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Mussel Dredgers in Dublin Bay Leave Coastline 'Smelling Like Corpses'

31st October 2016
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At almost 50m long Emerald Gratia was the largest of four industrial mussel dredgers that worked the seabed of Dalkey Sound last week At almost 50m long Emerald Gratia was the largest of four industrial mussel dredgers that worked the seabed of Dalkey Sound last week Photo: JEHAN ASHMORE

#DredgingDalkey - Industrial mussel seed dredging will leave Ireland's coastal waters "full of jellyfish and little else", convervationists claim.

As the The Irish Independent writes, four industrial trawlers had worked in Dublin Bay over the three days beginning last Sunday (23 October). 

Afloat.ie adds the dredging activity was understood to be for mussel seed fishing by the four trawlers dragging cage nets across the seabed of Dalkey Sound. On the final day of dredging, Tuesday, the last vessels to operate, the near 50m long Emerald Gratia (photo above) and 40m Rona, departed for Lough Foyle. The pair arrived last Wednesday at Carrickarory Pier, south of Moville.

The Irish Independent also in its coverage wrote, the Government permits industrial dredging for young mussels but last Thursday the Supreme Court ruled that the contents of the seabed inside our six-mile territorial limit are State "assets" and should be protected.

Two of the trawlers operating in Dublin Bay last week are understood to have been collecting seed mussel for "finishing" grounds in Welsh waters. 

Two others, registered in the Republic, are believed to have been dredging for mussel farms on the west coast of Ireland.

The sea area being dredged, like much of the coastal area of Ireland, has seen major declines in many types of sea life, with anglers and small commercial fishing operations reporting falls in catches year after year. And this summer, as in other recent years, beaches and bathing places around Irish inshore waters have been closed due to swarms of stinging jellyfish.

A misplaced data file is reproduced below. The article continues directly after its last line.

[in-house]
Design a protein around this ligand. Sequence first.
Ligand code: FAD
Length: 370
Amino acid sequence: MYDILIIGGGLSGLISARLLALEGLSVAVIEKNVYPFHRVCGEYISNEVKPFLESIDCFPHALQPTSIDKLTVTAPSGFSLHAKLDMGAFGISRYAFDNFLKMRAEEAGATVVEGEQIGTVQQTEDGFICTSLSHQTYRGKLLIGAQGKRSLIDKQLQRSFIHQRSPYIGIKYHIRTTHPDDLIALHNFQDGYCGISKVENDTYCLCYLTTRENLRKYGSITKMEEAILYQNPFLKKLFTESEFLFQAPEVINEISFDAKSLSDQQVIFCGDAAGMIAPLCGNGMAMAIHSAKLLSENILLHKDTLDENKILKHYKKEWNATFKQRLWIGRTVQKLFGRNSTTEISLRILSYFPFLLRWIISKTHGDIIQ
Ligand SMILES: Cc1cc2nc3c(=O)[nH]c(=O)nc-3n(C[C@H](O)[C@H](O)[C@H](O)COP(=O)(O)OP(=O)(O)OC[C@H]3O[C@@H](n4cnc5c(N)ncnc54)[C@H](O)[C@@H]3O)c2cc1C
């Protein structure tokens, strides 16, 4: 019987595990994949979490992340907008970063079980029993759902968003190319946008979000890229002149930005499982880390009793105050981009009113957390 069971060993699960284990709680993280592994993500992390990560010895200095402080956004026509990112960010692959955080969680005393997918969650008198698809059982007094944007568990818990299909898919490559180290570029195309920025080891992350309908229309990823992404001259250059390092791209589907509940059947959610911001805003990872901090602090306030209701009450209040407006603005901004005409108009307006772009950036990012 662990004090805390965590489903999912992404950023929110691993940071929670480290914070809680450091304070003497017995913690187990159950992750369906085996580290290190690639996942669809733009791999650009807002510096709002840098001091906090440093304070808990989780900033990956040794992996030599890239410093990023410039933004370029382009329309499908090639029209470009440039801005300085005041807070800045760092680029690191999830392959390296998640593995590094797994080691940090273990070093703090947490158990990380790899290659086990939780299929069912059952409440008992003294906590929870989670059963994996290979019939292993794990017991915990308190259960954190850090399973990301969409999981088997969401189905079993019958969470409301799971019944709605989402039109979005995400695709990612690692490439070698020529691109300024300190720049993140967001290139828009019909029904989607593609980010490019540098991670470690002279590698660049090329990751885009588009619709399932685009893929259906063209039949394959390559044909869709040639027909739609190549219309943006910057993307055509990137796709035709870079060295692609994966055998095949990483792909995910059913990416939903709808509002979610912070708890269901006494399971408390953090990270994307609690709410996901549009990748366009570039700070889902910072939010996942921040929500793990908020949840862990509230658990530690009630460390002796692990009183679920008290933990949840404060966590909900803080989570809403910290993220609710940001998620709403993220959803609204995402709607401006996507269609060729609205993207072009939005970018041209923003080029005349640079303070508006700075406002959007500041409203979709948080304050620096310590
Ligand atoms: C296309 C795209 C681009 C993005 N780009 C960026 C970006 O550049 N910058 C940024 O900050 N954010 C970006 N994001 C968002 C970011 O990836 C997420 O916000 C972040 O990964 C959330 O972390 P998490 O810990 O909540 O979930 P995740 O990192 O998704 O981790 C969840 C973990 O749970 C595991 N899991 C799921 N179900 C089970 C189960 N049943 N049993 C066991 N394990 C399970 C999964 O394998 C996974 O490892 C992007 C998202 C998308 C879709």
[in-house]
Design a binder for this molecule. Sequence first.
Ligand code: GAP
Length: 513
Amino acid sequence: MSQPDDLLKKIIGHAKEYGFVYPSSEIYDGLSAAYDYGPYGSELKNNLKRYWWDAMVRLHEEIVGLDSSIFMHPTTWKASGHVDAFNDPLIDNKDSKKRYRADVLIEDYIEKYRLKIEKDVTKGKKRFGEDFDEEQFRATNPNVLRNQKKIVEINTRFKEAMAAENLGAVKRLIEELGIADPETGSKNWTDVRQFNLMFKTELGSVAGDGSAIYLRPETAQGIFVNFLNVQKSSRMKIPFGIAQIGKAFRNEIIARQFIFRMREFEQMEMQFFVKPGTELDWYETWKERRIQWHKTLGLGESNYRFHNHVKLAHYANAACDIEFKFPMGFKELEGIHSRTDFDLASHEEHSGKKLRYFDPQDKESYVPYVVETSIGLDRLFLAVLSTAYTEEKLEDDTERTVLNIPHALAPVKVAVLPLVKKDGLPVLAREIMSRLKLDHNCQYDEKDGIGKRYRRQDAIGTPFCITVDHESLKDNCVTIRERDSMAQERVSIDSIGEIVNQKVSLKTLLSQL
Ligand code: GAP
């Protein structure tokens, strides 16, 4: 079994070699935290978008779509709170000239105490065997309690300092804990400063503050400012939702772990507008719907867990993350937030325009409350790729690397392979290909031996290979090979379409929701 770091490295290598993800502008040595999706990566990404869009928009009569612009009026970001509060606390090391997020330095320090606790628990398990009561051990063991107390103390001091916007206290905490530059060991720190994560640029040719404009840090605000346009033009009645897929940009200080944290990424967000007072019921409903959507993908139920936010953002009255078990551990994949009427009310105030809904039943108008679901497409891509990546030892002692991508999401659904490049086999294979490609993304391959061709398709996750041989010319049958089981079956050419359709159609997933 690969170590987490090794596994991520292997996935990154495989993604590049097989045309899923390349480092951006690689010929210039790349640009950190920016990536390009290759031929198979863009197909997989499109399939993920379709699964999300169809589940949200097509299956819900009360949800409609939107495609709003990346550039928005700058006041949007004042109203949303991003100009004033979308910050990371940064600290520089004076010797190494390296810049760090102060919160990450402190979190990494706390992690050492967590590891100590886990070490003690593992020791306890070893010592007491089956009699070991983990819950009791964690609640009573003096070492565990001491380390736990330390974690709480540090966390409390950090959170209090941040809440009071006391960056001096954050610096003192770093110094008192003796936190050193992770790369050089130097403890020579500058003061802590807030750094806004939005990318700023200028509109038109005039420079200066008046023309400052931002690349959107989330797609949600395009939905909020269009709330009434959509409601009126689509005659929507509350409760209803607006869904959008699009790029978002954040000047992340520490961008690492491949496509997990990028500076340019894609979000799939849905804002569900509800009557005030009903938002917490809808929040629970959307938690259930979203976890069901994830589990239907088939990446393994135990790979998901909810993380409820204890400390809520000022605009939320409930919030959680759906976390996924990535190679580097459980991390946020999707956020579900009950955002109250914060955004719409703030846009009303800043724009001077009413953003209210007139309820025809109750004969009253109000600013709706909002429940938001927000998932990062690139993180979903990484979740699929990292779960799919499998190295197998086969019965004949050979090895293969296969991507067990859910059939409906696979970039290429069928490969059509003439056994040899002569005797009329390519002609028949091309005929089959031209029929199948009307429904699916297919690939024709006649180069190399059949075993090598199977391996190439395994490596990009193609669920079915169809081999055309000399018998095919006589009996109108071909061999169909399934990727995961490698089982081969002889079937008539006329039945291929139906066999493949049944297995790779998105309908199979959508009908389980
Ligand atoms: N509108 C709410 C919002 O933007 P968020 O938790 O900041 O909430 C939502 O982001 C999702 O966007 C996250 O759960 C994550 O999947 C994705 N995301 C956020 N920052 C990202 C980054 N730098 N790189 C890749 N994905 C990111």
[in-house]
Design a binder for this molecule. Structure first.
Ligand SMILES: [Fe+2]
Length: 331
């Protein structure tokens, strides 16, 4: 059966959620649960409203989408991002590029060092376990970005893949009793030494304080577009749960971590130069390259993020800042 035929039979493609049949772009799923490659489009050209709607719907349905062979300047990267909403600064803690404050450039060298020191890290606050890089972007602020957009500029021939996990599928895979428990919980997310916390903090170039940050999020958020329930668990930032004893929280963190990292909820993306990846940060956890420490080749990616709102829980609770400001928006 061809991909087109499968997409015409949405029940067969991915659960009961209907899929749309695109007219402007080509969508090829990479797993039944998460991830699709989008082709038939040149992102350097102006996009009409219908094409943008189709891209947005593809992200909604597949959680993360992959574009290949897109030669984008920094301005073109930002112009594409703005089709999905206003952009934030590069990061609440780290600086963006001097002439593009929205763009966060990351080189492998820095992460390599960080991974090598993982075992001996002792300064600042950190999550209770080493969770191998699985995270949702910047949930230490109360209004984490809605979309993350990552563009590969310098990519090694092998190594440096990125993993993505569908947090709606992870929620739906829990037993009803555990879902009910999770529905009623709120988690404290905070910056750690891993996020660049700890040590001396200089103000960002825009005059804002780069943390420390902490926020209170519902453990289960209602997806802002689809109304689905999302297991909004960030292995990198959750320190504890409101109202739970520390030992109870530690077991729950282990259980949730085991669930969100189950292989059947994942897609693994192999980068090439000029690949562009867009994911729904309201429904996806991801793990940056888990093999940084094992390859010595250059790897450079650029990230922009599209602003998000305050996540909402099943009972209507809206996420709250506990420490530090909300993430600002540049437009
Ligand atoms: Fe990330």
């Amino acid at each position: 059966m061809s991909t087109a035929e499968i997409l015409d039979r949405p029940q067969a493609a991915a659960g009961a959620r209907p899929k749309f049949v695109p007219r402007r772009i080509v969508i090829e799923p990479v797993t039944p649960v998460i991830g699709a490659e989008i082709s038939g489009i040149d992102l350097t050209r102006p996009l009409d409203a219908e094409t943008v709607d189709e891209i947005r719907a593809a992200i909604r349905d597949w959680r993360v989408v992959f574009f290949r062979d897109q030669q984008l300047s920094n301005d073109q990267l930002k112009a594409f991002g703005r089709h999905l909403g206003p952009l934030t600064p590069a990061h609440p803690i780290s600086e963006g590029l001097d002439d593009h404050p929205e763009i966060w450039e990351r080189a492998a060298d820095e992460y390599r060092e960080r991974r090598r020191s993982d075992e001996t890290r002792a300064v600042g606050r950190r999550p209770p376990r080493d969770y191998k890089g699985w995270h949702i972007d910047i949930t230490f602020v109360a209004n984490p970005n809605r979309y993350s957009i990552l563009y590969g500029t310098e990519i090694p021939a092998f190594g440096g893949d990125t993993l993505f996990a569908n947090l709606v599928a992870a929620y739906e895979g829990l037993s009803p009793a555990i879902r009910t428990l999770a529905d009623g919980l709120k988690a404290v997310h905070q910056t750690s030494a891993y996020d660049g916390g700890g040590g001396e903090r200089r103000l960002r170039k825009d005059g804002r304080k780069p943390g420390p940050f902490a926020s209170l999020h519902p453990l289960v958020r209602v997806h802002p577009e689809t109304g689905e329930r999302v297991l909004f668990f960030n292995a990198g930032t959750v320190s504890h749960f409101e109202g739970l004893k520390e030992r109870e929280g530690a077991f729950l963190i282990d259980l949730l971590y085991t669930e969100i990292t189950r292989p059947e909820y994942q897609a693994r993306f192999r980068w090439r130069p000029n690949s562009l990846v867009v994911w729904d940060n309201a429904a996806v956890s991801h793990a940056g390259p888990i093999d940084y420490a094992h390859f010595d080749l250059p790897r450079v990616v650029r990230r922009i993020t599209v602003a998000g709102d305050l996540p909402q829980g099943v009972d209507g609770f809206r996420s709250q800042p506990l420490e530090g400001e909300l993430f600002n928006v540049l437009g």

The few people still earning a living from inshore fishing said that the dredging was causing huge and long-term damage to our fisheries. "The damage caused by the dredgers is absolutely enormous," said Dalkey lobster fisherwoman and boat-hire operator Dolores Smith

"There are stretches of seabed just over there that have been obliterated. The Dublin Bay prawn is extinct now. There are none in the bay any more. People may call prawns Dublin Bay but they're from somewhere else because there are none left here."

Ms Smith also said there was a foul smell around Dalkey Sound and the other dredged areas."It smelt like rotting corpses; it was horrible out there," she added.

She pointed out that Dalkey Sound is officially designated a "specially protected area", yet this has not prevented the trawling of the seabed.

For more including a response from The Irish Wildlife Trust, the newspaper reports here. 

Published in Fishing
Jehan Ashmore

About The Author

Jehan Ashmore

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Jehan Ashmore is a marine correspondent, researcher and photographer, specialising in Irish ports, shipping and the ferry sector serving the UK and directly to mainland Europe. Jehan also occasionally writes a column, 'Maritime' Dalkey for the (Dalkey Community Council Newsletter) in addition to contributing to UK marine periodicals. 

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